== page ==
A few months ago, 7.6 million people joined a week-long global coordinated strike to protest government and business inaction on climate change. Millions of schoolchildren around the world continue to walk out of their classrooms every Friday in solidarity with sixteen-year-old Greta Thunberg. This movement is on fire, says the left-wing journalist and author Naomi Klein. For Klein (2019), there has never been a more obvious appetite for abandoning incremental moves away from fossil fuels, in favor of a radical decarbonization of society, redistributing wealth to fund a just, zero-carbon energy transition.
According to Symons in Ecomodernism, these fear-based appeals to drum up public support for frugality are turning people away, rather than attracting them toward taking effective action on climate change. The book requests more faith in government and corporations and underscores the value of individual aspiration and technological innovation to provide a more hopeful response. In doing so, Symons promotes the capability of a global capitalist economy to solve social and environmental issues. The book’s recurring metaphor of the US HIV/AIDS epidemic attempts to exemplify how state-funded innovation should engage with such crises. In the early 1980s, the costly (yet profitable) pharmaceutical development of retroviral drugs was thwarted by ideologically conservative arguments promoting celibacy and heteronormativity. The ecomodernist innovations required to address the contemporary climate crises include nuclear energy; natural gas fracking; more sustainable (yet highly industrial) agriculture; GMO experimentation; and, once a global democratic consensus is achieved, a permanent global program of geoengineering.
Ecomodernism is critically engaged, but instead of squaring up to the usual international corporations and neoliberal governments, its critique is aimed at the “Greens,” whose emotive fearmongering Symons blames for historical inaction on climate change. The Greens in question are a “bizarre” and “beguiling” (7) group of popular left-leaning journalists, such as Naomi Klein and George Monbiot, lumped together with the conservative author of The Population Bomb, Paul Erlich, and other “globaphobic” thinkers. Distancing itself from fearmongering rhetoric, the book adopts a cold algorithmic utilitarianism. Nuclear power, genetic engineering, and other options are all considered through their climate mitigation potentials, often ignoring other social and environmental risks and contemporary ethical debates. Symons seems to reject a precautionary principle with these innovations so long as net emissions are reduced. Geoengineering, despite its severe risks from unforeseen outcomes, including global “termination shock” (179), is considered tolerable, as it would efficiently decrease emissions while helping poor people in the tropics whose day-to-day lives are already blighted by heat.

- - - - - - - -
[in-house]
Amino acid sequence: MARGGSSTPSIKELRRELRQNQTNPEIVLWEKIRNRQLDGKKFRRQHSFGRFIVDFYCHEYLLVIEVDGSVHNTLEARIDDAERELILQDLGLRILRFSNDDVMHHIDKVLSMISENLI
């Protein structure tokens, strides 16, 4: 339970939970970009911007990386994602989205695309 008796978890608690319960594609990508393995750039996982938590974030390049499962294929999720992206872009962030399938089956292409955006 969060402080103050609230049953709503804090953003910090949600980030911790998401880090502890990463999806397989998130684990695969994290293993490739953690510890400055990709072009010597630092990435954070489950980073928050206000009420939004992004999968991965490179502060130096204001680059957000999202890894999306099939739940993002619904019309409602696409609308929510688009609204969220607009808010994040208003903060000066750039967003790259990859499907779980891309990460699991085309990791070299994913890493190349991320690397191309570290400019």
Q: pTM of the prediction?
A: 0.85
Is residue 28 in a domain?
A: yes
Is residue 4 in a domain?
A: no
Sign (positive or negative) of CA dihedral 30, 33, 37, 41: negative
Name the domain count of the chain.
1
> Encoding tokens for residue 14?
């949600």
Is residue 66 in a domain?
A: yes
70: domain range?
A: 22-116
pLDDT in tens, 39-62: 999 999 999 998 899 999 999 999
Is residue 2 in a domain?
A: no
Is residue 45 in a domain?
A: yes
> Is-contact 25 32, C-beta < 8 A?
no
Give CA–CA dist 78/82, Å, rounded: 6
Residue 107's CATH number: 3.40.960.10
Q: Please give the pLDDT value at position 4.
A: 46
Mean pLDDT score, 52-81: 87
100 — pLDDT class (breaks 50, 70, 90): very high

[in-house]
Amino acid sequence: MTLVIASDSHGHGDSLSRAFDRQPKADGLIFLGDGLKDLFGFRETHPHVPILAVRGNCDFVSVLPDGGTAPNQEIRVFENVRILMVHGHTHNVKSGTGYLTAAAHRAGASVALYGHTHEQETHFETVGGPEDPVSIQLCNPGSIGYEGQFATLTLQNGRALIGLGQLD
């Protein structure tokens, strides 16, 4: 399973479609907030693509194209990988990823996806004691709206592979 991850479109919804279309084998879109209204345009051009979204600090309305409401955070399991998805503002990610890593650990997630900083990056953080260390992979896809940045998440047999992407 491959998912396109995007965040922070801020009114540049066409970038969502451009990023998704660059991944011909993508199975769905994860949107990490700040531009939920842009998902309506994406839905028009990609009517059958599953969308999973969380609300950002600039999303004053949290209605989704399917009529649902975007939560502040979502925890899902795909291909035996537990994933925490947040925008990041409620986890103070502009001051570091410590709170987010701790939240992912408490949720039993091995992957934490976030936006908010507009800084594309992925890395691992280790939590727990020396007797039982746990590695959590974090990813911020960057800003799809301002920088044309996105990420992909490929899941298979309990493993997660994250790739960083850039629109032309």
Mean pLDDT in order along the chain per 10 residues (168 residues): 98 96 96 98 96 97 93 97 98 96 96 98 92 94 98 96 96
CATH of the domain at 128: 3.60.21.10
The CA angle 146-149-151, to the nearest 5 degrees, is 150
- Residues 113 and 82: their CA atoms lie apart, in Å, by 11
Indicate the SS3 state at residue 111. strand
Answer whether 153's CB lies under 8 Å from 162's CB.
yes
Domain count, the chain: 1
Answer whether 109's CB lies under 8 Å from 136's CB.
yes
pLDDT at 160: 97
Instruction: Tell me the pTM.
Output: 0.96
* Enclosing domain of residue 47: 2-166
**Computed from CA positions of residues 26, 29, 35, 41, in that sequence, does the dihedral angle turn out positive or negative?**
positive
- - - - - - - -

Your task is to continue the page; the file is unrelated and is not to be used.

Ecomodernism opposes scholars who assume that global market forces are the culprit for accelerating ecological decline. Globalization, for Symons, is held up as the necessary solution to reduce poverty and the associated drivers of environmental degradation. He maintains an enduring faith in regulated global markets and carbon pricing regimes. The book omits discussions concerning already existing global carbon market mechanisms, payments for ecosystem services projects, or Reducing Emissions from Deforestation and Degradation (REDD+).
The concept of ecomodernism is loosely conceptualized in the book’s introduction, which also functions as a manifesto for nuclear energy as much as for an entrepreneurial state. The definition of ecomodernism gains coherence in the following two chapters. The concept attempts to marry competitive markets with globally egalitarian social outcomes. In this spirit, action on climate change is technical, rather than emancipatory. Symons engages alternative theoretical frameworks for assessing the technological challenge, such as political ecology, more-than-human thinking, and degrowth, but not enough to allow the reader much room to explore.
Proponents of growth-based development discourses, nuclear energy, and already-existing agricultural technologies may find this book useful. The book describes these technologies as “zero-carbon” (78), but proponents of Green New Deal thinking, advocated for by Klein and others (see Pettifor 2019; Rifkin 2019), are likely to question the conservative decarbonization visions described by the book. The book’s brief conclusions do not mention pioneering disruptive technologies, for example, tackling climate change with blockchain, artificial intelligence for conservation, or the Internet of Things (IoT) for natural resource management (see Howson 2019). Such technologies could provide emancipatory outcomes without having to wait for the author’s proposed formal system of “global social democracy” or other political settlement. In the 1980s, HIV/AIDS sufferers from around the world mobilized a mass movement against neoliberal government and corporate interests, using peaceful disobedience to promote a more socially just response to crises. Similarly, while we wait for a system of global social democracy to end the climate crisis, shouldn’t today’s activists do the same?